Tuesday, July 29, 2014

Expand Your Definition of “Network”

What do you consider to be the members of your network? Most of us would include the following:

* Existing clients
* Prospective clients in those areas we plan to focus on
* Trade and professional associations, national committees, and other groups that are populated by those in the first two groups

Often, that is the extent of our network, and we happily sit in marketing meetings and other venues and refer to this list as the end-all of lists.

Let me suggest that you expand your network to include the following categories (for the reasons elucidated):

* Competitors. They may be competitors today but teaming partners tomorrow. And who knows the ins and outs of working with a client better than those who have worked with the client before.

* Equipment vendors. Vendors of equipment and supplies often see the raw, real-life, in-your-face behavior of entities. Lots of times you can learn more about clients or prospects from vendors than from hours of direct client contact.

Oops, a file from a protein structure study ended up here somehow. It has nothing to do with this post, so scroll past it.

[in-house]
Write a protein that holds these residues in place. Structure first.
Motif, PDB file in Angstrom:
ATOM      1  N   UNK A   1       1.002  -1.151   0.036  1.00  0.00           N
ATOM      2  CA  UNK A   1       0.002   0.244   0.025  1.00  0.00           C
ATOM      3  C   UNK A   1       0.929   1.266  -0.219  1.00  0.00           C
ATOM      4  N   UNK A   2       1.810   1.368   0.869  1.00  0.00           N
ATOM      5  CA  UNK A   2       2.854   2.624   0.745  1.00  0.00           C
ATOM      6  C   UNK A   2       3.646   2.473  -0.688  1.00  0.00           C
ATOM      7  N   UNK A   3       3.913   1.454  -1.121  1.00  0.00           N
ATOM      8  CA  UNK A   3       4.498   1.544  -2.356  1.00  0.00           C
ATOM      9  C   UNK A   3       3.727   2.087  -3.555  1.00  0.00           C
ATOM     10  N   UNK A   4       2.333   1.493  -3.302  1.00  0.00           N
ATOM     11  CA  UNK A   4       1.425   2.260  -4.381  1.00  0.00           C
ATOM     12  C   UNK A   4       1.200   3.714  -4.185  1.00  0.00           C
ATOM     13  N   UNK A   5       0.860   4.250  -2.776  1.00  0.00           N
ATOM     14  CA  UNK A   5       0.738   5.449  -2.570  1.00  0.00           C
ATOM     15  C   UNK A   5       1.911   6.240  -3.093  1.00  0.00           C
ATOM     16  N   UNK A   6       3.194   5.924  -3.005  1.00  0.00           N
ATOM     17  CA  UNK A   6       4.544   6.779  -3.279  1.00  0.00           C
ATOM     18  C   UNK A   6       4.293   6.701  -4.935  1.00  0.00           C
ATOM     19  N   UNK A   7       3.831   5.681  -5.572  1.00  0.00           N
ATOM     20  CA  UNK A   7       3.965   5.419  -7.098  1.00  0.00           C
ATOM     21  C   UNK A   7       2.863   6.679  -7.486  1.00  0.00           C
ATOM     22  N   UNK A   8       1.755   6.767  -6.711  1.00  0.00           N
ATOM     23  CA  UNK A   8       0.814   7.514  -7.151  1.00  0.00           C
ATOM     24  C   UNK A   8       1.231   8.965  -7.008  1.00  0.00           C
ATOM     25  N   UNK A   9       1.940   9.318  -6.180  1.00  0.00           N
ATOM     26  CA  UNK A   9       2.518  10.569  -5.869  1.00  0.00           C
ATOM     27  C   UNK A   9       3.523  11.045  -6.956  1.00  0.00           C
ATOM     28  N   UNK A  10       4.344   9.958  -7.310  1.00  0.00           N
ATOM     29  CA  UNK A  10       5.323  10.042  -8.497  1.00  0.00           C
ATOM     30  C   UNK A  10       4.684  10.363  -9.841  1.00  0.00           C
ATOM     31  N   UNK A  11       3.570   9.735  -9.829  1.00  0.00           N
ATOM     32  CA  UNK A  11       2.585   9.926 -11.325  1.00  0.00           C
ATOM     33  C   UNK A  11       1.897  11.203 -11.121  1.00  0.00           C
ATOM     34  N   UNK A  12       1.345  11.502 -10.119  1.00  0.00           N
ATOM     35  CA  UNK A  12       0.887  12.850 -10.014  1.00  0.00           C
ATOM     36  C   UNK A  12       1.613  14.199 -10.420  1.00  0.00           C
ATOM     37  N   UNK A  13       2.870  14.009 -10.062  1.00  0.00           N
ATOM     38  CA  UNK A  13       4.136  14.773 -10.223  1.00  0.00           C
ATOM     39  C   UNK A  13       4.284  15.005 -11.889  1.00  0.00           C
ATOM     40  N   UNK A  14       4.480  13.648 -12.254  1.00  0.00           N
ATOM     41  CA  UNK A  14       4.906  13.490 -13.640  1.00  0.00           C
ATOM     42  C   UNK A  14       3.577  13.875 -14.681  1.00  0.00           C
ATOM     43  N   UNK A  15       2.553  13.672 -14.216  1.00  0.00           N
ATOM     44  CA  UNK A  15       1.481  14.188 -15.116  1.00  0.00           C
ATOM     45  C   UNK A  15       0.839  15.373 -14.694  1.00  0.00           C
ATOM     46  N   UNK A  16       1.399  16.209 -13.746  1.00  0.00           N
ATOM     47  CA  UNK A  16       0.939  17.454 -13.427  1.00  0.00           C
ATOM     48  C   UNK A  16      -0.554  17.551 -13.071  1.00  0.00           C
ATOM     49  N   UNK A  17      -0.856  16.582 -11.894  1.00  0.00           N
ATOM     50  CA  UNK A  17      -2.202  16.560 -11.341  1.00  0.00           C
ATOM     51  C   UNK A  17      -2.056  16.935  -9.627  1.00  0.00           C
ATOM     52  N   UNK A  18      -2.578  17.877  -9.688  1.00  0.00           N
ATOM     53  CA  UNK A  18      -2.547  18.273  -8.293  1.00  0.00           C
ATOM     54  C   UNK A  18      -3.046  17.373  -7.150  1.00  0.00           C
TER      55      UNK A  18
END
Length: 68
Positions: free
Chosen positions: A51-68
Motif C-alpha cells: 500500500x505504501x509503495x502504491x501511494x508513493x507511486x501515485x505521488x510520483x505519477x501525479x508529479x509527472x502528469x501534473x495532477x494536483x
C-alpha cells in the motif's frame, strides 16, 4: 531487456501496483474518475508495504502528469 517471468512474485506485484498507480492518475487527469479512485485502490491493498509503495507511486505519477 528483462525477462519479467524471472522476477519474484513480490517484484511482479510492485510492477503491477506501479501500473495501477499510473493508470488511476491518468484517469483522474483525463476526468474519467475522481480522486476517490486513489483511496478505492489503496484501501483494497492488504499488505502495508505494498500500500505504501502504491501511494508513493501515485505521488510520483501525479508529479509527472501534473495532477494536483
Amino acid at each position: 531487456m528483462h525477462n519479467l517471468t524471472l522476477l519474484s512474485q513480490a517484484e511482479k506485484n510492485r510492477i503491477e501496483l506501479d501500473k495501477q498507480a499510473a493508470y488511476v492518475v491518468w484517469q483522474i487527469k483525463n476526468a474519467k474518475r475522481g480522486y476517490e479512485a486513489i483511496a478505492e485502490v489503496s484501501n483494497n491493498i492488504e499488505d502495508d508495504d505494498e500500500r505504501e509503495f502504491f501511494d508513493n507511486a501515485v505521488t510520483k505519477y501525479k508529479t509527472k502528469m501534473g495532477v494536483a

* Laboratories. Often the labs that provide analytical services have a unique perspective on client relationships.

* University professors. Many times active research faculty have ongoing relationships with your prospective clients and can provide you with unique perspectives on who the real decision-makers are and how they think.

* Others who may influence clients, either directly or indirectly. For example, the local sewer authority may have a different perspective on an industrial discharger than you will get from any other source.

And now the question: How do you get access to these potential contacts? The answer: attend and become active in local associations. Everyone attends these events, from the client himself to the equipment vendor to the local lab. Go, wear your name tag, meet people (network!) and learn. Then apply what you learn to making your own network more efficient and effective. 

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